Beijing Buys Japanese Government Bonds
Beijing Buys Japanese Government Bonds

A businessman passes before a share prices board in Tokyo. Beijing purchased a net 457 billion yen (US$5.3 billion) of Japanese government debt in June. (Yoshikazu Tsuno/AFP/Getty Images)
A businessman passes before a share prices board in Tokyo. Beijing purchased a net 457 billion yen (US$5.3 billion) of Japanese government debt in June. (Yoshikazu Tsuno/AFP/Getty Images)
Beijing purchased a net 457 billion yen (US$5.3 billion) of Japanese government debt in June, extending a record acquisition of Japan's bonds seen since the start of the year, according to a report released by Japan's Finance Ministry. China has become one of Japan’s largest creditors.

According to data from the IMF, Japan’s debt amounts to 218.6% of its 2009 GDP, 113% higher than that of troubled Greece.

Japanese Finance Minister Yoshihiko Noda welcomed the purchases, though other elements in the Japanese polity harbor suspicions about Beijing’s intentions.

According to Goldman Sachs estimates, the total government debt in China is 15.7 trillion yuan ($2.31 trillion), accounting for 48 percent of the 2009 GDP, while the total debt in the U.S. accounts for 50 percent of GDP. The internationally recognized national debt level is no more than 60 percent of GDP.

Japan's national debt, already accounting for 229% of its GDP, lead to estimates that Japan’s government bonds may again be over 200% for the 2011 year GDP. Based on its 2010 total nominal GDP of 475 trillion yen ($5.5 trillion), Japan’s public debt will reach 950 trillion yen ($11 trillion), and each Japanese person will have to bear 7.5 million yen ($86,962) in debt.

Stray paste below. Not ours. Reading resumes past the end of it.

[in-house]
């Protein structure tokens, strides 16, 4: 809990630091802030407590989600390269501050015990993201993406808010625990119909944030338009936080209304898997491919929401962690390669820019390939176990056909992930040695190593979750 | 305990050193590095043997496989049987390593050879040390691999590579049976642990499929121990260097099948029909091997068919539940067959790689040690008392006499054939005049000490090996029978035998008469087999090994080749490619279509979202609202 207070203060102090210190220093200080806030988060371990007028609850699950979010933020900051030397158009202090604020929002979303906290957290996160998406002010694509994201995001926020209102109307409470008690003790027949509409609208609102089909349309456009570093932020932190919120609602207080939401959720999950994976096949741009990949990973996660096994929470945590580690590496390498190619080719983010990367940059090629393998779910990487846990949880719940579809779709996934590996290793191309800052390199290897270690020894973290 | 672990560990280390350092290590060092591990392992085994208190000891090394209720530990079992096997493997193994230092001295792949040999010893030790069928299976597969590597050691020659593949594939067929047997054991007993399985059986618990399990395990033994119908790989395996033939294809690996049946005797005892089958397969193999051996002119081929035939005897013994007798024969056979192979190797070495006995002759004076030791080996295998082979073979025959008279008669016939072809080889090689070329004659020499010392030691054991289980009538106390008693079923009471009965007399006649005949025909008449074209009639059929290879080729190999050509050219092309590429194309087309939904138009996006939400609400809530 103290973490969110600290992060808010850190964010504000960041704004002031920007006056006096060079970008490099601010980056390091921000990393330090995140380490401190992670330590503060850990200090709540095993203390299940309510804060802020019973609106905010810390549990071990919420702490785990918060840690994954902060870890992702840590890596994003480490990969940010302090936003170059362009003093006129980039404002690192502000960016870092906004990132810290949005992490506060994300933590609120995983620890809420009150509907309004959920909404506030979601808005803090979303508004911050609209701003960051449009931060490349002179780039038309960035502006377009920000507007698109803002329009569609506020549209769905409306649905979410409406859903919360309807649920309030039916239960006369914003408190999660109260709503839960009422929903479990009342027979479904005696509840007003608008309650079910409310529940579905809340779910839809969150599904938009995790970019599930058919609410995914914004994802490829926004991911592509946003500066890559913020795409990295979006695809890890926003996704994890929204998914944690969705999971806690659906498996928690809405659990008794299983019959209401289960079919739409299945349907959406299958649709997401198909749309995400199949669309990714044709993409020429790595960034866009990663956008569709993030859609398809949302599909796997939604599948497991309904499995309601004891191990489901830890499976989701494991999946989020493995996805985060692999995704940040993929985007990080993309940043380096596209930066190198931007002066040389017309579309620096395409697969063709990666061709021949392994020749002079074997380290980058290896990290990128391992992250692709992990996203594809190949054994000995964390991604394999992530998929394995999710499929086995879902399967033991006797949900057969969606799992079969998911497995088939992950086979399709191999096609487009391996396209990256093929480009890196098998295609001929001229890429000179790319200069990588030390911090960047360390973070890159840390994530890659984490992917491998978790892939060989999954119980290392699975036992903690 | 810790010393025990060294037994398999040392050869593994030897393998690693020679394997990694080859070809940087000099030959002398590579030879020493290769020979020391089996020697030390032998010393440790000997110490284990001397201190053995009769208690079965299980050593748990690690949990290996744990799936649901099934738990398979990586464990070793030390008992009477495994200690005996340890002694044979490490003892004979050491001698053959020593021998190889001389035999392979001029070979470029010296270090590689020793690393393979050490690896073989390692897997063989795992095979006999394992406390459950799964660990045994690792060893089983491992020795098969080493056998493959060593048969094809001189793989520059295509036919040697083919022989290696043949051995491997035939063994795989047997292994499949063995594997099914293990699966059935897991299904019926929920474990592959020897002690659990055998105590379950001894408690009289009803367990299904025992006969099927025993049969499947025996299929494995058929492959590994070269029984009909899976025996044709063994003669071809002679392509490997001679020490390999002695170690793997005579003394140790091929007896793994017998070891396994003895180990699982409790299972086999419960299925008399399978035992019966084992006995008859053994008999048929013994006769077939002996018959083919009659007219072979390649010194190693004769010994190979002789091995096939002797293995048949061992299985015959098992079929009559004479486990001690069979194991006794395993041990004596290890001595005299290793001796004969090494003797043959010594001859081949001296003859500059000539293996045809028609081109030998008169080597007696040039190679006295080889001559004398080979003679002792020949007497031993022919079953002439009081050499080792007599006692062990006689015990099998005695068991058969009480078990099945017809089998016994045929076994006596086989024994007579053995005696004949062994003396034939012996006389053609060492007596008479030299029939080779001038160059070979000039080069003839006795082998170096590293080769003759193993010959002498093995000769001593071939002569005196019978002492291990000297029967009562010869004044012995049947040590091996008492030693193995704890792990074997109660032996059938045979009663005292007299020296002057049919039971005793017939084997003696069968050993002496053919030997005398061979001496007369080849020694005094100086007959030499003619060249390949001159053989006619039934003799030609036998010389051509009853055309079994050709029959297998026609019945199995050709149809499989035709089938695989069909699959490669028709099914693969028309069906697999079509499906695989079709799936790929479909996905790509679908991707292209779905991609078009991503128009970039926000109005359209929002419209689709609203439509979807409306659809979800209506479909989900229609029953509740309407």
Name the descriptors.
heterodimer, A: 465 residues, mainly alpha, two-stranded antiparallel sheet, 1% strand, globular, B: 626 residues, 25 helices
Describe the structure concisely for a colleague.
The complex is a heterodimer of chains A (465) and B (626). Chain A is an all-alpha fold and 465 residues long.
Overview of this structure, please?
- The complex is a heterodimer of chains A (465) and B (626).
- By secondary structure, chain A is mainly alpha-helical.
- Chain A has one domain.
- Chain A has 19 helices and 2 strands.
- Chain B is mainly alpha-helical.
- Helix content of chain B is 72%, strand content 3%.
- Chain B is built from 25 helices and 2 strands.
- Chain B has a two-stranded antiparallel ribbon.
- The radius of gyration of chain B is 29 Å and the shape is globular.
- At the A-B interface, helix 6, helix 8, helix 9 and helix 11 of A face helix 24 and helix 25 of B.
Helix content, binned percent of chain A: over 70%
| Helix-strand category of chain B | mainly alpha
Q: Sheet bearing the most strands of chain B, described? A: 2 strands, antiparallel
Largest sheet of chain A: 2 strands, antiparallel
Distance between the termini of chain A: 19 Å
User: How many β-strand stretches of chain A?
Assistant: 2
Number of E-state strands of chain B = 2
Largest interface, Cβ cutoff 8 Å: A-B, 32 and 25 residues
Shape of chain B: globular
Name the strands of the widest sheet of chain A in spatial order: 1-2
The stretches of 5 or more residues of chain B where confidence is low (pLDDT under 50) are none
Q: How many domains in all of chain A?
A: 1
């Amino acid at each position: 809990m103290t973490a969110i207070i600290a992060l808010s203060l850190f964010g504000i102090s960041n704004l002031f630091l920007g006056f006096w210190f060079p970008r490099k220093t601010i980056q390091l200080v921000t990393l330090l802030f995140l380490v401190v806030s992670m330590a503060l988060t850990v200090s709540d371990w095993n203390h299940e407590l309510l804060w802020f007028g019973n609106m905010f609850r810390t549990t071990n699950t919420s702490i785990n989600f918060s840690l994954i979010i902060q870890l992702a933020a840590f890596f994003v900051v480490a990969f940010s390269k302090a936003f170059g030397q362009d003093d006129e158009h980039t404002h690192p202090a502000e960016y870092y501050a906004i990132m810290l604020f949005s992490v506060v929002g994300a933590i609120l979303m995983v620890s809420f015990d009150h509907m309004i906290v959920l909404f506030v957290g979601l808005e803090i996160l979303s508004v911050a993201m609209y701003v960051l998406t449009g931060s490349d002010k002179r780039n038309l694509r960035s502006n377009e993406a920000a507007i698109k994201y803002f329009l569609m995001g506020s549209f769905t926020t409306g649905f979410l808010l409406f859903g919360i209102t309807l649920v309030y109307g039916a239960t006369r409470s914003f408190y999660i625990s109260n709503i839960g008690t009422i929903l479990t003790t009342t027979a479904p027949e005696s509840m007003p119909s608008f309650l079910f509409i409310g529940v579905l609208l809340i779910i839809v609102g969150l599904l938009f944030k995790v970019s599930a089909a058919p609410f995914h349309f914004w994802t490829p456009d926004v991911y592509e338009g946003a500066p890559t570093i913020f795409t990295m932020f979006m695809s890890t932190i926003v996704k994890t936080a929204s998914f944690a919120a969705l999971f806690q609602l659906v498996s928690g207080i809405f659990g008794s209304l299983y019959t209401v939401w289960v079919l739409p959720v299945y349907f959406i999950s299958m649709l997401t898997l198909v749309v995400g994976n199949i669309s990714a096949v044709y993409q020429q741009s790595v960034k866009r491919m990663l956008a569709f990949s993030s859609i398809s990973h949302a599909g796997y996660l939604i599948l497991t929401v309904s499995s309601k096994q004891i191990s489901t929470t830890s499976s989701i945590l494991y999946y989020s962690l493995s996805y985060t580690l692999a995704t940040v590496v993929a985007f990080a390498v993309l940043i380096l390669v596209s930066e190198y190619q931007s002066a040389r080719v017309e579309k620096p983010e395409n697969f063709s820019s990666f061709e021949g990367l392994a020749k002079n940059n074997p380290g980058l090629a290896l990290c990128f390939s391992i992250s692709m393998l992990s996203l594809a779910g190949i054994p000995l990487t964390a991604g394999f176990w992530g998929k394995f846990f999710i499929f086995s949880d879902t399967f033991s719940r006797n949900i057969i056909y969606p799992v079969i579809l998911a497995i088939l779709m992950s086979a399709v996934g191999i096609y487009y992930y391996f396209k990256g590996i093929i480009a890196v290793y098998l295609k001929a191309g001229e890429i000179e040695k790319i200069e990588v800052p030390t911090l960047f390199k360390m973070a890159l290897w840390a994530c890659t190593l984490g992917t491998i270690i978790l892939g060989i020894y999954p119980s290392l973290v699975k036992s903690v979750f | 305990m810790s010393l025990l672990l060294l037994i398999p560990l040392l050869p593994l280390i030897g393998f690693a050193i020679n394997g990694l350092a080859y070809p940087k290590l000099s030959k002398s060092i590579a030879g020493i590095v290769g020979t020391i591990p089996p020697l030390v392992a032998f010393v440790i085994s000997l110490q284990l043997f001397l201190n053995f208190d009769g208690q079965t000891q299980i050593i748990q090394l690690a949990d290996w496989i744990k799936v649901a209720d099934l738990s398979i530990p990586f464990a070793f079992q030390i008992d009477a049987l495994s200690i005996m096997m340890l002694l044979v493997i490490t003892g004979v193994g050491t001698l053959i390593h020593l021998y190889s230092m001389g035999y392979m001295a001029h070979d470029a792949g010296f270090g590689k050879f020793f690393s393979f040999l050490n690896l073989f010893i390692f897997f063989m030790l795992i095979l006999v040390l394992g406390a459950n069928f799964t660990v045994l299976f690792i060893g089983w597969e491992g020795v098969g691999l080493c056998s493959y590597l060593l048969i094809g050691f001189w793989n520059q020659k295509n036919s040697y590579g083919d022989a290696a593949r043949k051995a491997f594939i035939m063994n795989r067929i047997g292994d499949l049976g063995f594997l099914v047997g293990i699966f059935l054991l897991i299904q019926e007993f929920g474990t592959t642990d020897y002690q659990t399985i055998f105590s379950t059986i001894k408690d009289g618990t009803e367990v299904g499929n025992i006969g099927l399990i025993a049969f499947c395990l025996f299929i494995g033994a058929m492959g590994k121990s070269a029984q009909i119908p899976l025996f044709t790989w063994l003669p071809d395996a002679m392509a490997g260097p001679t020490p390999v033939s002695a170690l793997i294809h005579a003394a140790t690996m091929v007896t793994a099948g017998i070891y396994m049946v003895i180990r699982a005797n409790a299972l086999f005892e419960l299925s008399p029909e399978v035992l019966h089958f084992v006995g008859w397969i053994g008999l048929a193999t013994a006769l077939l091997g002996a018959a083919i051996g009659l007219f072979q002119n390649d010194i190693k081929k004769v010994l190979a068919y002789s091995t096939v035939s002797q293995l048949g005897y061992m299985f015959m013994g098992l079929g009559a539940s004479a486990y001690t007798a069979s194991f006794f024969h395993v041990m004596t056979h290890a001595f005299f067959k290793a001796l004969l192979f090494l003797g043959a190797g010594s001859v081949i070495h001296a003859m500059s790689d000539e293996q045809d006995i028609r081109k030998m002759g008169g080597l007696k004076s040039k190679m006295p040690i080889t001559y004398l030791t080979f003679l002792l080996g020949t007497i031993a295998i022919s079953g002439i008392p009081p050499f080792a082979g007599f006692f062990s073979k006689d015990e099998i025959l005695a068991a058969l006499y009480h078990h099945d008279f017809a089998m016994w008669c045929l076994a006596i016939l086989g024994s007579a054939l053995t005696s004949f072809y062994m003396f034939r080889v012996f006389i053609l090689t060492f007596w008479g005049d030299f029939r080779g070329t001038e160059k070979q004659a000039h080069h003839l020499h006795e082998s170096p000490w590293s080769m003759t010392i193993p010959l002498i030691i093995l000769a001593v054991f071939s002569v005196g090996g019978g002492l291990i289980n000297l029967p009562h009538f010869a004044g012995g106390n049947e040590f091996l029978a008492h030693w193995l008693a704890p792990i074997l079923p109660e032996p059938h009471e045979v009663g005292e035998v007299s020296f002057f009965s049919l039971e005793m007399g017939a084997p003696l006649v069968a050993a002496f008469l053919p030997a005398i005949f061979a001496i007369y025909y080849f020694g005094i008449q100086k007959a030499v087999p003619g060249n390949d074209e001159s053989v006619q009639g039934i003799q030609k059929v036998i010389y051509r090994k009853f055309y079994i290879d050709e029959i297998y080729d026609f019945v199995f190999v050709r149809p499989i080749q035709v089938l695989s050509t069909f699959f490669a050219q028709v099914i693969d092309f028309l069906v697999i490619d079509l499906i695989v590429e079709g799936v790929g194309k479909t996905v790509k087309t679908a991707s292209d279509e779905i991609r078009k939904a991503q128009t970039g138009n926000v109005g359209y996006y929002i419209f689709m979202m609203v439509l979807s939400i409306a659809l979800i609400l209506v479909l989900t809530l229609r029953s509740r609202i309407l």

Japan's Prime Minister Naoto Kan warned in his first policy speech to the Japanese Parliament that Japan could face a financial crisis similar that of Greece if it doesn’t tackle its colossal debt.

Yu Fenghui, a senior China financial analyst predicts that China is running a high risk by investing substantially in Japanese government bonds. He commented: “We need to note that the liquidity of the Japanese yen is far worse than that of the U.S. dollar and the Euro. It will be quite difficult to sell once the market is against yen; this is why only 4.6% of the Japanese debt is held by foreigners or foreign institutions.”

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